Yet, now the Government has come down in favour of a single unitary authority to govern England’s largest county from 2023, the challenge now is three-fold – a smooth transition, protect services and promote new opportunities.
This will not be easy – the biggest local government shake-up in half a century also means the abolition of seven district councils which are embedded in the disparate communities that they’re still proud to represent and serve.
It’s also a major undertaking for North Yorkshire County Council which now has to prove that it can govern such a large area while dovetailing with the City of York Council which remains a stand-alone entity.
It helps that NYCC has a much-respected leader and chief executive in Carl Les and Richard Flinton respectively to spearhead this process over the next 18 months.
But it will also require humility and a concerted effort to involve the very capable officials – and expertise – that exist within existing authorities, and also further afield, if this shake-up is to become the success that is intended. After all, this is a time when many will be concerned for their own jobs and futures.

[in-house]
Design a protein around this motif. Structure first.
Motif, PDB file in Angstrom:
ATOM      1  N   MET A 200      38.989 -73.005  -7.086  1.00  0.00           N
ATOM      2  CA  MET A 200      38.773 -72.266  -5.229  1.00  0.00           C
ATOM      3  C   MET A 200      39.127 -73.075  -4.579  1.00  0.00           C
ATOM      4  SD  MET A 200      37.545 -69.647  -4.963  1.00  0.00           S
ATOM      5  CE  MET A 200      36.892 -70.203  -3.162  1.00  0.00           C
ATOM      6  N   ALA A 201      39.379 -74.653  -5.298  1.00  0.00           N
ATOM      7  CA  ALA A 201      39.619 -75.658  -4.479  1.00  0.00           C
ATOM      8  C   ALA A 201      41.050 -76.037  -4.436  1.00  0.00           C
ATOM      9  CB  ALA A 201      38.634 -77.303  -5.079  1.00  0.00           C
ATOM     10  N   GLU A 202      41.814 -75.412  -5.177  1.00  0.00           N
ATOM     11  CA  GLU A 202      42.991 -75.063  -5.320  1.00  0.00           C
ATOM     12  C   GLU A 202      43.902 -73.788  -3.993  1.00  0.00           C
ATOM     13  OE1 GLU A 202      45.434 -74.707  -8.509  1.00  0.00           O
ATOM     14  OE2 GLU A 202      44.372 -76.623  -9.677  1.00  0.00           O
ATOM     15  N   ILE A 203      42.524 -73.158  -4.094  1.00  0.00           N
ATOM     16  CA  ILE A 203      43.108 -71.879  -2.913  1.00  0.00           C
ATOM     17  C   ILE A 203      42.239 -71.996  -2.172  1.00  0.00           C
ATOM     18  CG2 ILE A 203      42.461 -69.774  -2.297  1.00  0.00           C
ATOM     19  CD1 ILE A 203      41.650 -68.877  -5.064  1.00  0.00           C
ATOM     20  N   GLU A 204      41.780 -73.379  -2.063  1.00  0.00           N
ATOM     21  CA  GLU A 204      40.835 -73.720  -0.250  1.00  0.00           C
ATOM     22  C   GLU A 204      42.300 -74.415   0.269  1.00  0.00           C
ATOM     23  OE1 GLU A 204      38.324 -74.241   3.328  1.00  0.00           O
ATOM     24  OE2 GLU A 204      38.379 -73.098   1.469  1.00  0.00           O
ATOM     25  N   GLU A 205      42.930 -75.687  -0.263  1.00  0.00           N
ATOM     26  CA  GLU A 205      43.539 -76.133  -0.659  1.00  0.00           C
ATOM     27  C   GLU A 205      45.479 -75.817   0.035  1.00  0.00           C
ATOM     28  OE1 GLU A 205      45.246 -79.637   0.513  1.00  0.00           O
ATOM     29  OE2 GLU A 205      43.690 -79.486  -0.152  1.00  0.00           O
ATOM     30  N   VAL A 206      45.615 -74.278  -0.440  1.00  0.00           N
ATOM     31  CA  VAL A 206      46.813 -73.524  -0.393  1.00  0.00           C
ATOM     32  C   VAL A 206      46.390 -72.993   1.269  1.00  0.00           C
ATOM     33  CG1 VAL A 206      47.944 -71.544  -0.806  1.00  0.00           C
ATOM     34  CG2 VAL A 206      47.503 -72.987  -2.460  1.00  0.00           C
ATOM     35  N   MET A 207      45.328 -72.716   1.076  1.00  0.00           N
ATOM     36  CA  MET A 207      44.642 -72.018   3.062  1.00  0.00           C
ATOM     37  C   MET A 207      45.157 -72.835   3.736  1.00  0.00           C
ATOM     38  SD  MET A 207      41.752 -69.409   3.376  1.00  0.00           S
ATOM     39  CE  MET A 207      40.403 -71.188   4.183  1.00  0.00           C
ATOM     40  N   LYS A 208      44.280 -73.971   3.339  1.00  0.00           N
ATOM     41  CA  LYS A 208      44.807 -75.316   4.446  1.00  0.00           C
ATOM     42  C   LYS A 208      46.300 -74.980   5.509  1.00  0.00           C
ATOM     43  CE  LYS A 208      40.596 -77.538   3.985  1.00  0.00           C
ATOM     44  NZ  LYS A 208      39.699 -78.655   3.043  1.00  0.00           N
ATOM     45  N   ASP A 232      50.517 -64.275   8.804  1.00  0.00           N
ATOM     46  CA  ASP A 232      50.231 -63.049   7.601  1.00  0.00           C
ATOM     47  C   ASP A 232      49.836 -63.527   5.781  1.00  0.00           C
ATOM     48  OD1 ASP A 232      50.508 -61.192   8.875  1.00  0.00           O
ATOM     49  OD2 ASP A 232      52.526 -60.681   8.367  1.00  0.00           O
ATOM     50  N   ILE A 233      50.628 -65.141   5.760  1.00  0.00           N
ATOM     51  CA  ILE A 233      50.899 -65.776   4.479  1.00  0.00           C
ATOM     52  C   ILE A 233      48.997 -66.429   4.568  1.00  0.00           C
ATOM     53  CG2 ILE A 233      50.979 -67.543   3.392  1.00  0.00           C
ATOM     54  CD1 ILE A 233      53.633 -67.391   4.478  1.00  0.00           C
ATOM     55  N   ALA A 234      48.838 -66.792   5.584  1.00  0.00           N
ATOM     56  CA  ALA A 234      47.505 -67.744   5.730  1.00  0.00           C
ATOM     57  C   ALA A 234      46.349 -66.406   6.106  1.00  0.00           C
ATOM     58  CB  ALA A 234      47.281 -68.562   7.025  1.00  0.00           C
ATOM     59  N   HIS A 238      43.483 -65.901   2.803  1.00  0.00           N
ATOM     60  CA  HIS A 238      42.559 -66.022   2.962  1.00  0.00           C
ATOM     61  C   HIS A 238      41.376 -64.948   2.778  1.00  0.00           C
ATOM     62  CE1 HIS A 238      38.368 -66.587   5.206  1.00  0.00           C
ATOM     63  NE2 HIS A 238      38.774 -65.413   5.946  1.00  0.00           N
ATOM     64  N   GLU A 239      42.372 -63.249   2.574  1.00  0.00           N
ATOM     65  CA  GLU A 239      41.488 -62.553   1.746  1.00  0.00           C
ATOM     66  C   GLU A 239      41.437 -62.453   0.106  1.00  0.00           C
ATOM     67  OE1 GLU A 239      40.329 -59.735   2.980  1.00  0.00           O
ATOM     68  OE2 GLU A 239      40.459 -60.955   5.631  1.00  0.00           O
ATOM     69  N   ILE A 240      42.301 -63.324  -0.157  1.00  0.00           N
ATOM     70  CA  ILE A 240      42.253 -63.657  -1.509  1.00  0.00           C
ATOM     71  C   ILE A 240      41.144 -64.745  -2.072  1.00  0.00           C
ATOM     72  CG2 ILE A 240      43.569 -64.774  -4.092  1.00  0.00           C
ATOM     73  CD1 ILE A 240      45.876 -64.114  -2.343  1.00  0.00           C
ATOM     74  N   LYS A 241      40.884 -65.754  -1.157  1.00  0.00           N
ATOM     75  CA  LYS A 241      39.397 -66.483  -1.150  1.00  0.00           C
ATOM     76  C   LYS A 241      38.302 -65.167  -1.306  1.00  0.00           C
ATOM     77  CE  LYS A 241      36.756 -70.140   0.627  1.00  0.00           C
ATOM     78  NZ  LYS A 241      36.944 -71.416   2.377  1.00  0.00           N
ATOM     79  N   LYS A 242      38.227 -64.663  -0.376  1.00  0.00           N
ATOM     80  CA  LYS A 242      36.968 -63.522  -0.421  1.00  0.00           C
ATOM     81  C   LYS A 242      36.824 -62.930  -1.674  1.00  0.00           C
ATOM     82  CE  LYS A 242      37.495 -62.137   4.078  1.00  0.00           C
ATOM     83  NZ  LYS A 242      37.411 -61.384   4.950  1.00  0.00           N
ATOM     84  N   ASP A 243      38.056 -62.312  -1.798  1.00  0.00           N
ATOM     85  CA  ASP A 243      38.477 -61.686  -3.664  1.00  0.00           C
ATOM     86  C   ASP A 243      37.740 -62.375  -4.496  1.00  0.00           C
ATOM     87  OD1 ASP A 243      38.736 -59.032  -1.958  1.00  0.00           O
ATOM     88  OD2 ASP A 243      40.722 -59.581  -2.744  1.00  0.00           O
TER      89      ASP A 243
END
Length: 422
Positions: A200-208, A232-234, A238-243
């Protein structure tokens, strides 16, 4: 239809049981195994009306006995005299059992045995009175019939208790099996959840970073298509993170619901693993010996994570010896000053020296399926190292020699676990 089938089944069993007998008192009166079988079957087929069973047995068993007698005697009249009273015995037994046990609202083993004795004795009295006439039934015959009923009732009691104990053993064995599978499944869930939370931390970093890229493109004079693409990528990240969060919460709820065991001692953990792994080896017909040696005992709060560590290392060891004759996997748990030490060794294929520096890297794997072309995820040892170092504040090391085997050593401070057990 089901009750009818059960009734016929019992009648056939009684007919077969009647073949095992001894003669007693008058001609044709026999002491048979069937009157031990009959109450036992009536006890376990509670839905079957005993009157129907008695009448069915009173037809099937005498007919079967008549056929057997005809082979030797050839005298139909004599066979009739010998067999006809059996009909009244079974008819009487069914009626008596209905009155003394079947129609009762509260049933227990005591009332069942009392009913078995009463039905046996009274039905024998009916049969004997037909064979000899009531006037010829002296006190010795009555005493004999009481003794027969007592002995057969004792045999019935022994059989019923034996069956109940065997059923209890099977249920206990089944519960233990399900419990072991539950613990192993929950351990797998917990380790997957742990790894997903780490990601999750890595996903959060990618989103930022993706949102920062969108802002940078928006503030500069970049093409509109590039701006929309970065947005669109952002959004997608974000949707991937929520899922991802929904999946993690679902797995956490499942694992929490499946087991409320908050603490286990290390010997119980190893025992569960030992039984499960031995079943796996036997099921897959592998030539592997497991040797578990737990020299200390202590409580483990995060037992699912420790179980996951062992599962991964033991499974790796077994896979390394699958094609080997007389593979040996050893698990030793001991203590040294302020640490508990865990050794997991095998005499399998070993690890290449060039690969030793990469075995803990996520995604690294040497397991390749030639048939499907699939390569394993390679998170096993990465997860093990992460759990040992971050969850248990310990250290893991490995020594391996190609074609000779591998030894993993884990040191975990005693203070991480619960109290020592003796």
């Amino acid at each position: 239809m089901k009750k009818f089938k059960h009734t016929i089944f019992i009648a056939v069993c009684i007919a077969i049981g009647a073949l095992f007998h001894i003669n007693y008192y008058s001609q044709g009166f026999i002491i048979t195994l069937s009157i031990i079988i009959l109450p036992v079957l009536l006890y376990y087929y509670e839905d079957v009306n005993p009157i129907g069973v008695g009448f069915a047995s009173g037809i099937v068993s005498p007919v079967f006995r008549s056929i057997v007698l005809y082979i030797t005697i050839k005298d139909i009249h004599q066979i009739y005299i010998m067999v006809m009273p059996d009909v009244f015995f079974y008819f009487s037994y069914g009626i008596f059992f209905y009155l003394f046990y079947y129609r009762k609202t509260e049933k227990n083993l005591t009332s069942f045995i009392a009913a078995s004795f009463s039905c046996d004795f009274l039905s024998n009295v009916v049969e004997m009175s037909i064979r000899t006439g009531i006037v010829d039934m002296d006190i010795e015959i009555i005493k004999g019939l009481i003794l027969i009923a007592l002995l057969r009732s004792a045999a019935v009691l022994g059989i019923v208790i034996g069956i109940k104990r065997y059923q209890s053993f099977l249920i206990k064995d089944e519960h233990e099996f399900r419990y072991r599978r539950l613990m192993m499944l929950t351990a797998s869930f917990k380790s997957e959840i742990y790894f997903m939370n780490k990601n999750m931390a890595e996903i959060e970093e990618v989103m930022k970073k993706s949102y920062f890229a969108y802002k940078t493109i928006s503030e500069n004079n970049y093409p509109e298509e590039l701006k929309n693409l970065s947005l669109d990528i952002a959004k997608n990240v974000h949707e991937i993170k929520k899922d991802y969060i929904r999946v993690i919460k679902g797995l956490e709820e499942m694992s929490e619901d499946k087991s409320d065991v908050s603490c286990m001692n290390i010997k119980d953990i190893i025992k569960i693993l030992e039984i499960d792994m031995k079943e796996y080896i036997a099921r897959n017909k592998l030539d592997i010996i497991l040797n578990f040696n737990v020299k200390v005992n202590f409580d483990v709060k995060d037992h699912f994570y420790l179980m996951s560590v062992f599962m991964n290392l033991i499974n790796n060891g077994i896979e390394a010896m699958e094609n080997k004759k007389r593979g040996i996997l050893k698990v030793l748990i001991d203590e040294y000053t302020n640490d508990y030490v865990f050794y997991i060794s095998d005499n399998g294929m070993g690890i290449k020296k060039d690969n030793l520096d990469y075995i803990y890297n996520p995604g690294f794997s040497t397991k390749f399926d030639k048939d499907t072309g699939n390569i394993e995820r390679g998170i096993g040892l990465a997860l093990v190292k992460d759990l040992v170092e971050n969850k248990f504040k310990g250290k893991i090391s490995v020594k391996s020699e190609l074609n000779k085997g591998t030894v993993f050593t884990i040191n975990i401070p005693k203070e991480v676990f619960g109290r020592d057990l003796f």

And it is also important that the public are kept informed and have a chance to offer their say; devolution works best when it has grassroots involvement from the outset.
That said, this is an opportunity to press the ‘reset’ button and deliver a dynamic leadership structure even better placed than at present to broaden the wider rural economy, safeguard essential services and enhance, still further, Britain’s most beautiful countryside and coastline so that the whole country can benefit from North Yorkshire’s new dawn.